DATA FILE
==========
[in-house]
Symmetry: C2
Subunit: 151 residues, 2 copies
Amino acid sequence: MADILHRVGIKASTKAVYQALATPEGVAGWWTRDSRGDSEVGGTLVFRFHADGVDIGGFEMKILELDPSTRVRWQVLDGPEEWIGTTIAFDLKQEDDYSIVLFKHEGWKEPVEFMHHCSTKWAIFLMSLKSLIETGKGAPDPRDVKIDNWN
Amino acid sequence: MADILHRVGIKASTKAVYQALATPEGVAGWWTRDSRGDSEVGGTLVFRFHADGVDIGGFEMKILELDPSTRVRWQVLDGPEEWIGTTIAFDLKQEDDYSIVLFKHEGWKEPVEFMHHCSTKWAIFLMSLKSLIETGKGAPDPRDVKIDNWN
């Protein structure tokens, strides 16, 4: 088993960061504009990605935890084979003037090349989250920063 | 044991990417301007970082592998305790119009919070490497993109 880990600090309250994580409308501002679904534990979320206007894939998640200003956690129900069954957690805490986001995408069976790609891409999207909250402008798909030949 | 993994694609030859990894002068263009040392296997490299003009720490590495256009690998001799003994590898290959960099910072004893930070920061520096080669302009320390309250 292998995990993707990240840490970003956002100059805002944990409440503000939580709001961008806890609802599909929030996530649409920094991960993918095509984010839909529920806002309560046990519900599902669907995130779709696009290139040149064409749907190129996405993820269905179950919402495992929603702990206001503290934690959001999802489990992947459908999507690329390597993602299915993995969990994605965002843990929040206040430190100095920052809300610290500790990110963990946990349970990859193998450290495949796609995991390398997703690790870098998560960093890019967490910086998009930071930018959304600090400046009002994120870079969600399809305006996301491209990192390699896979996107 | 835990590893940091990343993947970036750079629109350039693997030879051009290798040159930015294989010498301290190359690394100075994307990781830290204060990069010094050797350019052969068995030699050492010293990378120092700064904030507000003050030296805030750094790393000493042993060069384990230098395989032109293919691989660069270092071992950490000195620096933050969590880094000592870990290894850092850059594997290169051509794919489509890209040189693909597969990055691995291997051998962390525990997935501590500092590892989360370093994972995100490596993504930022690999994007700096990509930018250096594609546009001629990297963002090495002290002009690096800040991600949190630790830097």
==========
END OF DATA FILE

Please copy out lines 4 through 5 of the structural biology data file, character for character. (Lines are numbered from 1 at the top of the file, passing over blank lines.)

Amino acid sequence: MADILHRVGIKASTKAVYQALATPEGVAGWWTRDSRGDSEVGGTLVFRFHADGVDIGGFEMKILELDPSTRVRWQVLDGPEEWIGTTIAFDLKQEDDYSIVLFKHEGWKEPVEFMHHCSTKWAIFLMSLKSLIETGKGAPDPRDVKIDNWN
Amino acid sequence: MADILHRVGIKASTKAVYQALATPEGVAGWWTRDSRGDSEVGGTLVFRFHADGVDIGGFEMKILELDPSTRVRWQVLDGPEEWIGTTIAFDLKQEDDYSIVLFKHEGWKEPVEFMHHCSTKWAIFLMSLKSLIETGKGAPDPRDVKIDNWN